As usual, Mad Men delivered a wreck of a season ender. Don Draper had to say goodbye to what and whom he knows–“had to” being the operative phrase. And quite a few other characters had to do the same, voluntarily and involuntarily.
Tami and I grab our summer drinks and chat about what the fuck just happened.
Andrea: I’m still recovering from that last episode, Tami! Though the song may have been anachronistic, I thought a perfect song for it would have been “It’s So Hard To Say Goodbye To Yesterday” or some other leaving ditty because there were a lot of leavings, some voluntary and some forced.
One leavetaking song I can think of is “She’s Come Undone” as it applies to Sally getting kicked out of boarding school, Megan leaving Don, and Peggy getting dumped (again) and wearing pants for the first time. In their own small ways, they’re foreshadowing feminism’s Second Wave as it trickled into white women’s lives. And, what I appreciate is that Weiner and Company doesn’t make their every action a feminist one, unlike Downton Abbey and the Crawley sisters.
Rachel Jeantel is a teenager, a 19-year-old girl who told the world what she heard that fateful February night on the phone with her longtime friend Trayvon. From the news reports produced by the mainstream media, you got the impression that Jeantel was genuine and believable. Of course reporters from outlets like the New York Times, Miami Herald and the AP are not going to feel the need to describe Rachel’s attitude or overuse of black English vernacular, but they will feel compelled to describe the effectiveness of her testimony. And I saw them use words like “transfixed” to describe the all-female, nearly all-white jury’s reaction to what Jeantel was saying. Perhaps if the prosecutors had done too much coaching of their star witness, her genuineness would not have shone through.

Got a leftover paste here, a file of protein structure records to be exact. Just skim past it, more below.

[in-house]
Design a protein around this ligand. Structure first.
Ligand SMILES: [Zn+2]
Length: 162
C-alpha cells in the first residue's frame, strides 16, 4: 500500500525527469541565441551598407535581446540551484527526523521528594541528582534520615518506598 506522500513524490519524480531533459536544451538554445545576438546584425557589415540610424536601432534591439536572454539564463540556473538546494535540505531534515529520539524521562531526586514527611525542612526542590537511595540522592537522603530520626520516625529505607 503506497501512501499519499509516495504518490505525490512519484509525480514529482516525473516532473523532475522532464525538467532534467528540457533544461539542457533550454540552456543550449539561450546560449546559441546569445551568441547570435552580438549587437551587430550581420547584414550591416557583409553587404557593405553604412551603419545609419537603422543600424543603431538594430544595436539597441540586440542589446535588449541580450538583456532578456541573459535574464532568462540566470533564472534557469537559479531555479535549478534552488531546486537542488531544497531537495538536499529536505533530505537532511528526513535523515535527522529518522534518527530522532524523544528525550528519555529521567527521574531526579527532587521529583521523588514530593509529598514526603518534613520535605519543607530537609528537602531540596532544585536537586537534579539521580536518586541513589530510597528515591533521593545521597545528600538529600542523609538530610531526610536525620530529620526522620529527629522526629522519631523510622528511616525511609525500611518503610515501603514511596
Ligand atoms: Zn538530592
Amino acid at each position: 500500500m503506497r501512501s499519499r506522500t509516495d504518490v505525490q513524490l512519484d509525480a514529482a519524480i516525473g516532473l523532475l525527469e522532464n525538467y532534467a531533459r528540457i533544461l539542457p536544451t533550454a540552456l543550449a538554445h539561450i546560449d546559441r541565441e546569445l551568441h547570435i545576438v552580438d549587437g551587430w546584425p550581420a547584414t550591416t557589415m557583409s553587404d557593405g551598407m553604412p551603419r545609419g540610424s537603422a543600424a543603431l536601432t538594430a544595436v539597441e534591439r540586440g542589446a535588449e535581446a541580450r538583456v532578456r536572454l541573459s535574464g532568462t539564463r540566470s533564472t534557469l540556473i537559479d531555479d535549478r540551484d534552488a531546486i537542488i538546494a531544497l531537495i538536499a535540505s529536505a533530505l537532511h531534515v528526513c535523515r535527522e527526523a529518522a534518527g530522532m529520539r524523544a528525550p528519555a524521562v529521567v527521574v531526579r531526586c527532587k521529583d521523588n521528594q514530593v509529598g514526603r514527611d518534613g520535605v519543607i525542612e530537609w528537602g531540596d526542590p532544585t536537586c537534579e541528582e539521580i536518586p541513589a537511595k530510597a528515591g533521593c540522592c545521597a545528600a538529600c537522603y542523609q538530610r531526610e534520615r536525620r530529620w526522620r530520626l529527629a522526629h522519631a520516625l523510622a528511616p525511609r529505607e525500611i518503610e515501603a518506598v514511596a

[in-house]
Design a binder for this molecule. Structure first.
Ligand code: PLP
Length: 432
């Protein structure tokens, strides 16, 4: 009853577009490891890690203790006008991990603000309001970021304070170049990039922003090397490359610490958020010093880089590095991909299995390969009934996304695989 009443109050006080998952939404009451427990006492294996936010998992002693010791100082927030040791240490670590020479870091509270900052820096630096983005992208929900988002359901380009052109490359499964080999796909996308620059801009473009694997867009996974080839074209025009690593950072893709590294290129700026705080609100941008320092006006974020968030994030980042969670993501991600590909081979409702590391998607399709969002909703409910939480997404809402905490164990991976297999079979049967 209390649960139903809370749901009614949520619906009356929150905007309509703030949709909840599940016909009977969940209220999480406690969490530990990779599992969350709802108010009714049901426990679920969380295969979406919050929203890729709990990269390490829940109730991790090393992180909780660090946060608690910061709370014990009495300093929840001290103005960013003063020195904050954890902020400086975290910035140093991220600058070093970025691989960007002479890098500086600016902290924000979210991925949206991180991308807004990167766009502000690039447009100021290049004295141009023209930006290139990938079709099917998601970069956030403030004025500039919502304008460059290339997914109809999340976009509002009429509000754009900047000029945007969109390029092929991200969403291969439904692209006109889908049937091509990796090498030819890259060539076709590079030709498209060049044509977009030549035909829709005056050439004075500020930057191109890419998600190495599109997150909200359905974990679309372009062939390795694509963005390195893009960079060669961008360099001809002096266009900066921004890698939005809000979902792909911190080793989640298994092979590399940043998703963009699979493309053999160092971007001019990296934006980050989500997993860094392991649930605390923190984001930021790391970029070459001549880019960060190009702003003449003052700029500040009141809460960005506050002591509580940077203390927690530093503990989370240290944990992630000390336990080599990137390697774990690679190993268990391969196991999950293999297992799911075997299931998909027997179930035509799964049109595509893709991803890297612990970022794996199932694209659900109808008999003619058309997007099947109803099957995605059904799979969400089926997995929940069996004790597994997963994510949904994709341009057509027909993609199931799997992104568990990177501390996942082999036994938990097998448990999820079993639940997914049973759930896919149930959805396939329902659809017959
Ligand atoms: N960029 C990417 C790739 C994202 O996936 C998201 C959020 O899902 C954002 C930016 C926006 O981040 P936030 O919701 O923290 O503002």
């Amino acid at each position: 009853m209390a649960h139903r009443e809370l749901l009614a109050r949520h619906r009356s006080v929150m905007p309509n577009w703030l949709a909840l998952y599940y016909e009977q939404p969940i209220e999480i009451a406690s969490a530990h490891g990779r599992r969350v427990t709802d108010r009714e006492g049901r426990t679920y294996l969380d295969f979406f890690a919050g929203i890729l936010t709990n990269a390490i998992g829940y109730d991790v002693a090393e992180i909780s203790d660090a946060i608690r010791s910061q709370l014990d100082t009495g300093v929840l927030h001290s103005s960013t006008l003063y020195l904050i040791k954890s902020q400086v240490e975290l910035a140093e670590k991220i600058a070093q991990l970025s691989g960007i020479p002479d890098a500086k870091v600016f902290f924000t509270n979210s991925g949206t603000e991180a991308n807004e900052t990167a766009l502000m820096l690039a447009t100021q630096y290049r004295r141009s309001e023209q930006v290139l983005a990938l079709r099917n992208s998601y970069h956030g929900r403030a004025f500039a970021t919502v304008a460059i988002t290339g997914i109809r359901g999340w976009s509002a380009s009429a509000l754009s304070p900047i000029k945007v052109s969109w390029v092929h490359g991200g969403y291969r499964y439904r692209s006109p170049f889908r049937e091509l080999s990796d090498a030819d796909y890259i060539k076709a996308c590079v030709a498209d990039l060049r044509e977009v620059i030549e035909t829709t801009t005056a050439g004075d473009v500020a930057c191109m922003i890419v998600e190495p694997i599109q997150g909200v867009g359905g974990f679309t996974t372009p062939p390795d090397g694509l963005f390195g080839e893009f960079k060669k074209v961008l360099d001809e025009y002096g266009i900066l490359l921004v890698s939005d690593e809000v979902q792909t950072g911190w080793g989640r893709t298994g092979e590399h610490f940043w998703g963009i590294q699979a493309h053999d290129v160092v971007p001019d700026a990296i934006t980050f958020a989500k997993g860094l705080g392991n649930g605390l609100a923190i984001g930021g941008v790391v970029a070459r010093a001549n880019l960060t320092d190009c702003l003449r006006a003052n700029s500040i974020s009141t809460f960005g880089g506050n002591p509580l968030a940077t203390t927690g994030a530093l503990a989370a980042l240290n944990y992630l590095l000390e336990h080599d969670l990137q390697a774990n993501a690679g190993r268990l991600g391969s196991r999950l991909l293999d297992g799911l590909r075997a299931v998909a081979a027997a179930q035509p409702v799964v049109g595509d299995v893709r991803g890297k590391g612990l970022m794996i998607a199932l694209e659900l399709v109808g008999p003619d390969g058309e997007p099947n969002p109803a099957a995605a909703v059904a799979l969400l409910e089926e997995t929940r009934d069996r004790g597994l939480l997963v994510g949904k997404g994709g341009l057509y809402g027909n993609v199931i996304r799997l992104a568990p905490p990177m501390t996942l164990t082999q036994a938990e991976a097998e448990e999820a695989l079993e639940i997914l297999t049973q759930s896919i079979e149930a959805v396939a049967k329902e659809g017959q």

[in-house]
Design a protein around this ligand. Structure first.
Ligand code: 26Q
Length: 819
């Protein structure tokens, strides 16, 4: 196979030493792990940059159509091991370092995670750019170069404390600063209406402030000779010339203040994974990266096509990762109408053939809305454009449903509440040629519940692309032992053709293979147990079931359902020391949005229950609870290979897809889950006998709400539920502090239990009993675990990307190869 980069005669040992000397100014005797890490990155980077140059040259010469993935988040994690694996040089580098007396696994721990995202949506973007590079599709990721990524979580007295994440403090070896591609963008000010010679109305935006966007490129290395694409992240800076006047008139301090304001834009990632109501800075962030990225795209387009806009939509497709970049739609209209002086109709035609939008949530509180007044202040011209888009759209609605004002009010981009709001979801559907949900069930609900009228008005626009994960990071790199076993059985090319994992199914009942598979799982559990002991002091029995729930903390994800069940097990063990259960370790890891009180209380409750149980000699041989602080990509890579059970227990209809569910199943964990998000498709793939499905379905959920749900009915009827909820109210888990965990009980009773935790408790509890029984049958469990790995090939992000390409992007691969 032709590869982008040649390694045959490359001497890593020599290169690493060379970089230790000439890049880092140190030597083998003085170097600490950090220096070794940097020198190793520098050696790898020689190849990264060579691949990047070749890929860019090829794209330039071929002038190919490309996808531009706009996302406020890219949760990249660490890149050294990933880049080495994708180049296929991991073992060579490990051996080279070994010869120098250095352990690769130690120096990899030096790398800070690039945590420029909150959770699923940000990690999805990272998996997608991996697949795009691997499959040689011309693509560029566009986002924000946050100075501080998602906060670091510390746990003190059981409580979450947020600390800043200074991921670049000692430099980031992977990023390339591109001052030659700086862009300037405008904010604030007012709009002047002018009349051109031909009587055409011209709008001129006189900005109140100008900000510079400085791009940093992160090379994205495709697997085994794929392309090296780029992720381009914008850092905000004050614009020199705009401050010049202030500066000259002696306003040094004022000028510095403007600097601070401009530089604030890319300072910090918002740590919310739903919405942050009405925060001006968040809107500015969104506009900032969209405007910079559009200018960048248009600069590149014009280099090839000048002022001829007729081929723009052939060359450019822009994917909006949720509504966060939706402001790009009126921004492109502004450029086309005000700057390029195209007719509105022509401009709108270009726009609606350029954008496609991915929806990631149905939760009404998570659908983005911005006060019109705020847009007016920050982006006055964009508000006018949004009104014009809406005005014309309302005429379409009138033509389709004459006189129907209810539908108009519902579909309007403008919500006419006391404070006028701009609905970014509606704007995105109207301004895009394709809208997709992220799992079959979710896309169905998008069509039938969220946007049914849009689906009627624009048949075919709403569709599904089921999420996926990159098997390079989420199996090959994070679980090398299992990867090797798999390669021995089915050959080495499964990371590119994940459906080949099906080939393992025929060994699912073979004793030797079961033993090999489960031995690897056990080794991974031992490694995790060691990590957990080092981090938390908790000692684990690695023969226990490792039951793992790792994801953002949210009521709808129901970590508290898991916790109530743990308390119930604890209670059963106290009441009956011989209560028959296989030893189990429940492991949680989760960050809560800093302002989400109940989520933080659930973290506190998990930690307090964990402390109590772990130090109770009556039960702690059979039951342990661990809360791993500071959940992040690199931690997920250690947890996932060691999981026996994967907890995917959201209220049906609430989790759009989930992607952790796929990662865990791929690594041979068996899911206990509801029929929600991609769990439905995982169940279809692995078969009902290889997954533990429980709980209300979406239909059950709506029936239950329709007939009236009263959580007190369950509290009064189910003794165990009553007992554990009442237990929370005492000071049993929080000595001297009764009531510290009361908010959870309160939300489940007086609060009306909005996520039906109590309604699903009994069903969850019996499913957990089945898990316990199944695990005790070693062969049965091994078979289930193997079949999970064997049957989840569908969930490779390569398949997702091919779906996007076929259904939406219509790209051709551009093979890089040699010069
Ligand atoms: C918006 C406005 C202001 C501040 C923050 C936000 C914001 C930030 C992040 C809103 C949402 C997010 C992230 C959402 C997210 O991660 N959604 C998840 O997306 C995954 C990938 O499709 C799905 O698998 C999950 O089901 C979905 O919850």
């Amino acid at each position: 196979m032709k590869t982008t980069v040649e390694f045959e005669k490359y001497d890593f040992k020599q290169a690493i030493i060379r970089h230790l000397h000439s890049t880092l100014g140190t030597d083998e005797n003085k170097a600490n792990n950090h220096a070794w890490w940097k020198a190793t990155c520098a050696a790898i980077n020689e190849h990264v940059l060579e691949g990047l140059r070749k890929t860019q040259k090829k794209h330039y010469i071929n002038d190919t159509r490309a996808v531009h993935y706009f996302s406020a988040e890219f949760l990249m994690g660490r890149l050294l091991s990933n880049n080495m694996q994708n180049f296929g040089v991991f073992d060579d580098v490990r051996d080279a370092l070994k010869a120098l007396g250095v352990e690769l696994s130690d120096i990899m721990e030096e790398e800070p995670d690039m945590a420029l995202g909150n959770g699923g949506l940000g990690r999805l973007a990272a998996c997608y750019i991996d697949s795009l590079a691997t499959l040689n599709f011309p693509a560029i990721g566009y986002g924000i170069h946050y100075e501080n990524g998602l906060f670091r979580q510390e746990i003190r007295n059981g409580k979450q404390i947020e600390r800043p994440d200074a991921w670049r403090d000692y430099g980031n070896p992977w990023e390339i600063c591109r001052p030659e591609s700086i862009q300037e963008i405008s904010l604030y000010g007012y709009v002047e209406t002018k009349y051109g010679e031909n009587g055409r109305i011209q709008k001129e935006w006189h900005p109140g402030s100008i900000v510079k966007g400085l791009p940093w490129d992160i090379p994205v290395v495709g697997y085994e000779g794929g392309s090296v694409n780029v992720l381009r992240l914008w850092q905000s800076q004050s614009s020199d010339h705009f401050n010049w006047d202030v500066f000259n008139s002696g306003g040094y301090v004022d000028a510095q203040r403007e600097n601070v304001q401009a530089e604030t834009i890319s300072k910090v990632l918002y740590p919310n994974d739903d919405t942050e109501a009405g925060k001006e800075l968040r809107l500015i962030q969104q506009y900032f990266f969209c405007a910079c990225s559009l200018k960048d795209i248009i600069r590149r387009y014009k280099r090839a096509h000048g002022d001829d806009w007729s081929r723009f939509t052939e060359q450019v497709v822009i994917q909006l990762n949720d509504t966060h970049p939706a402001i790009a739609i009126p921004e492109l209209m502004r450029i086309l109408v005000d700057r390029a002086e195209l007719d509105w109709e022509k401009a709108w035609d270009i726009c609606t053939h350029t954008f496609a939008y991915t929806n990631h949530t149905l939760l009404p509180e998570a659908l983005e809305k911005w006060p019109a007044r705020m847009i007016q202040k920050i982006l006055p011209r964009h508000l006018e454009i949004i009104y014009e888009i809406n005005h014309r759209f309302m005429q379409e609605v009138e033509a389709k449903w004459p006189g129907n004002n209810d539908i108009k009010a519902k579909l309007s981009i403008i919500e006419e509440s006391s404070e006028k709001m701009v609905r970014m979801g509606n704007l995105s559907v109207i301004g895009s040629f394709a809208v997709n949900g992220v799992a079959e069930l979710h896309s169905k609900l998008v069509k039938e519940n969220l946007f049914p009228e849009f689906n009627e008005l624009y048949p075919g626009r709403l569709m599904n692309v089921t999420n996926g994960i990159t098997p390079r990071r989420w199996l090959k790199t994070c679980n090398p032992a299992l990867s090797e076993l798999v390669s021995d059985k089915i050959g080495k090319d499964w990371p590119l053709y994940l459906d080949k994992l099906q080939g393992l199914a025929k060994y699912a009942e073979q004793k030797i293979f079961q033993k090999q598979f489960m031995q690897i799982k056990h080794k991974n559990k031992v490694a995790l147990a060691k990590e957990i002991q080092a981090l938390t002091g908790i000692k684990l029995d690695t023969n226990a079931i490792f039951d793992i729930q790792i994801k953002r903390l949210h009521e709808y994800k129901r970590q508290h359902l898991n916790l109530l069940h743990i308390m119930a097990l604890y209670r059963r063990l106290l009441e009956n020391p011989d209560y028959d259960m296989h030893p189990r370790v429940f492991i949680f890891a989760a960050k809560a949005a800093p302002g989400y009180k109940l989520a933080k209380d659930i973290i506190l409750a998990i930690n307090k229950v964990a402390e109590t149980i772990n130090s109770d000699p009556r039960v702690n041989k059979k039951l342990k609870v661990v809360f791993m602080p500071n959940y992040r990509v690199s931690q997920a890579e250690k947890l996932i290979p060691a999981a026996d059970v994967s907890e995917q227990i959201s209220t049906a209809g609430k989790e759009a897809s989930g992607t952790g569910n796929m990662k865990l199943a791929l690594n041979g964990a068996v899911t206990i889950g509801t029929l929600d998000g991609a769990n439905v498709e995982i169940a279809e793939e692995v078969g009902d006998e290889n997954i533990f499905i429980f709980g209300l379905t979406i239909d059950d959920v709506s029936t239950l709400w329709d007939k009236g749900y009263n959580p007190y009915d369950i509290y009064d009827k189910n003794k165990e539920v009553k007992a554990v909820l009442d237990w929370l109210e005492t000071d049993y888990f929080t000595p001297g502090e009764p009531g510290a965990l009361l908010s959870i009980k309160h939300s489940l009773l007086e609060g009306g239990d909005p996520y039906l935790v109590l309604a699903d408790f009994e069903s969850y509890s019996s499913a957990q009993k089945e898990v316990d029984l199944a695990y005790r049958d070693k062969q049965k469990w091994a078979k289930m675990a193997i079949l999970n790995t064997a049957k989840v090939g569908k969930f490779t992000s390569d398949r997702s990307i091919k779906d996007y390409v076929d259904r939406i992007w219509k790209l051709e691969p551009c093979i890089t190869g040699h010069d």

I also saw incredibly mean things said about her looks on social media, even seeing her described as “Precious”—referring to the movie character brought to life by Gabby Sidibe, who was nominated for an Academy Award for her portrayal of the troubled overweight teen. Disturbingly, this has become the go-to moniker for overweight, dark-skinned girls—aided by rapper Kanye West, who leveled that scarily ignorant line in his song “Mercy.”